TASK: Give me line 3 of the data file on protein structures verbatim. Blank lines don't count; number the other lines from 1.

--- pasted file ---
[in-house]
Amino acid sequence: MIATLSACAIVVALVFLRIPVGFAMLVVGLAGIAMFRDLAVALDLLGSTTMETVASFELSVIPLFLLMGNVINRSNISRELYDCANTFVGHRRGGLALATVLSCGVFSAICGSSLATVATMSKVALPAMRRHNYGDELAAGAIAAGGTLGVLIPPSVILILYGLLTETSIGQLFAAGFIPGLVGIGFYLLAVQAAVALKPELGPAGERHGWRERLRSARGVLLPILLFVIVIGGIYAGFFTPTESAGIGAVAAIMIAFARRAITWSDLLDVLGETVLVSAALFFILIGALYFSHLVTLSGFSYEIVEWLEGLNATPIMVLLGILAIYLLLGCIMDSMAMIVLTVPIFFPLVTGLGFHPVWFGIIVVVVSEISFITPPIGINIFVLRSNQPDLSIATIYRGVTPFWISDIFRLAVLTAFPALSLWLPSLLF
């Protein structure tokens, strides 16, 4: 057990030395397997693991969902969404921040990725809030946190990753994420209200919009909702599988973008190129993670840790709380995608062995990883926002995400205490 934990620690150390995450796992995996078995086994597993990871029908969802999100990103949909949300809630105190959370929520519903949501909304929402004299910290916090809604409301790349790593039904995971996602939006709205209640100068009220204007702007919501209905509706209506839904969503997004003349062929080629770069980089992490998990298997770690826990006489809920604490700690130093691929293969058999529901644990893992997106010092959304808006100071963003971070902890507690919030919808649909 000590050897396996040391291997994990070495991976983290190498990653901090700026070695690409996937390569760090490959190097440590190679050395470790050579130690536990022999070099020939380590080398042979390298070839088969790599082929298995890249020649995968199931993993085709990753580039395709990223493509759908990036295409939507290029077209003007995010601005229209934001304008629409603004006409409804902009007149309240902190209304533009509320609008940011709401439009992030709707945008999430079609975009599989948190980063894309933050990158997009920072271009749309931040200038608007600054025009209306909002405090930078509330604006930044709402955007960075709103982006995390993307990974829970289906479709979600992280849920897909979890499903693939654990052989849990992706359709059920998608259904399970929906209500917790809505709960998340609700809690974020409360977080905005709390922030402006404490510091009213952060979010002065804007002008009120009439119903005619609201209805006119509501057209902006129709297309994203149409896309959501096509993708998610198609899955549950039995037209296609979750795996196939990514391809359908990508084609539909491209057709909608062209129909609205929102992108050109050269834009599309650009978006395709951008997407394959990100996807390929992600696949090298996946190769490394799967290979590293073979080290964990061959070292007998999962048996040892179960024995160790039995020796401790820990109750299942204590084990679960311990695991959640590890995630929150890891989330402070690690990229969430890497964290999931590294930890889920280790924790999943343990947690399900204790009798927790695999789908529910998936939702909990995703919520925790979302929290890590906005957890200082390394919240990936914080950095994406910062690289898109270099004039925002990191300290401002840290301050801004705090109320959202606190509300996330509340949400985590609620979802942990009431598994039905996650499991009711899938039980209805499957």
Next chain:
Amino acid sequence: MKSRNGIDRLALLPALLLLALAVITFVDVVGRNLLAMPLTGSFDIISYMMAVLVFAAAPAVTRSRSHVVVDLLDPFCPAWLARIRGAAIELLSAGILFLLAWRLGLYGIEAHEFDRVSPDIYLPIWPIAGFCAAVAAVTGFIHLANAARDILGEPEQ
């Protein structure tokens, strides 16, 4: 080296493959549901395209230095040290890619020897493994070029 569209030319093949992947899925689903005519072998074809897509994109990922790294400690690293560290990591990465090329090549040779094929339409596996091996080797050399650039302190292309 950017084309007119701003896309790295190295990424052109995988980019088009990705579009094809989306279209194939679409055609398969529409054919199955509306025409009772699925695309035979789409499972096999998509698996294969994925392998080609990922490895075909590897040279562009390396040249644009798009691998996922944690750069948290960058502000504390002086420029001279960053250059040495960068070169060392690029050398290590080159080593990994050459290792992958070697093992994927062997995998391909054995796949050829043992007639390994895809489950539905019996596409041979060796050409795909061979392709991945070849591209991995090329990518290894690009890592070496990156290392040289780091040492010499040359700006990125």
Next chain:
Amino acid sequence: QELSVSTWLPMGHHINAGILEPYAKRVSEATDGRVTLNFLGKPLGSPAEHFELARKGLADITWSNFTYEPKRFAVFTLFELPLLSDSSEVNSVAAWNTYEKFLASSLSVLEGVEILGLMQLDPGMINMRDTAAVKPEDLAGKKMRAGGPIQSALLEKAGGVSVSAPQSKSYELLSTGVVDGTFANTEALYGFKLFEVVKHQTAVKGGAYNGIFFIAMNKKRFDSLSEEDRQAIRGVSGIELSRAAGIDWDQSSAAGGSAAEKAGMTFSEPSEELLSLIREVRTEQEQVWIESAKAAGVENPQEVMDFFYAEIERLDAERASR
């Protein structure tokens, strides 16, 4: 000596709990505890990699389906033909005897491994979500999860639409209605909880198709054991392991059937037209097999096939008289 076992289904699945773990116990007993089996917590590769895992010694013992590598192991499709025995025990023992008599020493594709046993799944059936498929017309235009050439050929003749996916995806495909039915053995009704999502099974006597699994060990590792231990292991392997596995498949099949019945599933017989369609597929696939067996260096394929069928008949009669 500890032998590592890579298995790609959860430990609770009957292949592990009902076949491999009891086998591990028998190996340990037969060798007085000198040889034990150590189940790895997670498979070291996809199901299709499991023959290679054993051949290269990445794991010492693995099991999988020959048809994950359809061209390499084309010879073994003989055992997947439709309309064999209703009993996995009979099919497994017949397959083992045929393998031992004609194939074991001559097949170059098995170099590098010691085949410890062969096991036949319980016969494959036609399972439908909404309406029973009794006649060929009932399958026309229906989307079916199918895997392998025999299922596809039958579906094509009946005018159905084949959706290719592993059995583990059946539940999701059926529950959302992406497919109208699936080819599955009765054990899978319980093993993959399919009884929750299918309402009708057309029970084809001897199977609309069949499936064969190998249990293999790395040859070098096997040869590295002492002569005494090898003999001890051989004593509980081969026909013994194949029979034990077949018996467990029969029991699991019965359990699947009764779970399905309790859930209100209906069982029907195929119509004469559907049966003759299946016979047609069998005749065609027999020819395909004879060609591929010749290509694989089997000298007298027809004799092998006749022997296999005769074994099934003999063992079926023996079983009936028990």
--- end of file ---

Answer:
């Protein structure tokens, strides 16, 4: 057990030395397997693991969902969404921040990725809030946190990753994420209200919009909702599988973008190129993670840790709380995608062995990883926002995400205490 934990620690150390995450796992995996078995086994597993990871029908969802999100990103949909949300809630105190959370929520519903949501909304929402004299910290916090809604409301790349790593039904995971996602939006709205209640100068009220204007702007919501209905509706209506839904969503997004003349062929080629770069980089992490998990298997770690826990006489809920604490700690130093691929293969058999529901644990893992997106010092959304808006100071963003971070902890507690919030919808649909 000590050897396996040391291997994990070495991976983290190498990653901090700026070695690409996937390569760090490959190097440590190679050395470790050579130690536990022999070099020939380590080398042979390298070839088969790599082929298995890249020649995968199931993993085709990753580039395709990223493509759908990036295409939507290029077209003007995010601005229209934001304008629409603004006409409804902009007149309240902190209304533009509320609008940011709401439009992030709707945008999430079609975009599989948190980063894309933050990158997009920072271009749309931040200038608007600054025009209306909002405090930078509330604006930044709402955007960075709103982006995390993307990974829970289906479709979600992280849920897909979890499903693939654990052989849990992706359709059920998608259904399970929906209500917790809505709960998340609700809690974020409360977080905005709390922030402006404490510091009213952060979010002065804007002008009120009439119903005619609201209805006119509501057209902006129709297309994203149409896309959501096509993708998610198609899955549950039995037209296609979750795996196939990514391809359908990508084609539909491209057709909608062209129909609205929102992108050109050269834009599309650009978006395709951008997407394959990100996807390929992600696949090298996946190769490394799967290979590293073979080290964990061959070292007998999962048996040892179960024995160790039995020796401790820990109750299942204590084990679960311990695991959640590890995630929150890891989330402070690690990229969430890497964290999931590294930890889920280790924790999943343990947690399900204790009798927790695999789908529910998936939702909990995703919520925790979302929290890590906005957890200082390394919240990936914080950095994406910062690289898109270099004039925002990191300290401002840290301050801004705090109320959202606190509300996330509340949400985590609620979802942990009431598994039905996650499991009711899938039980209805499957």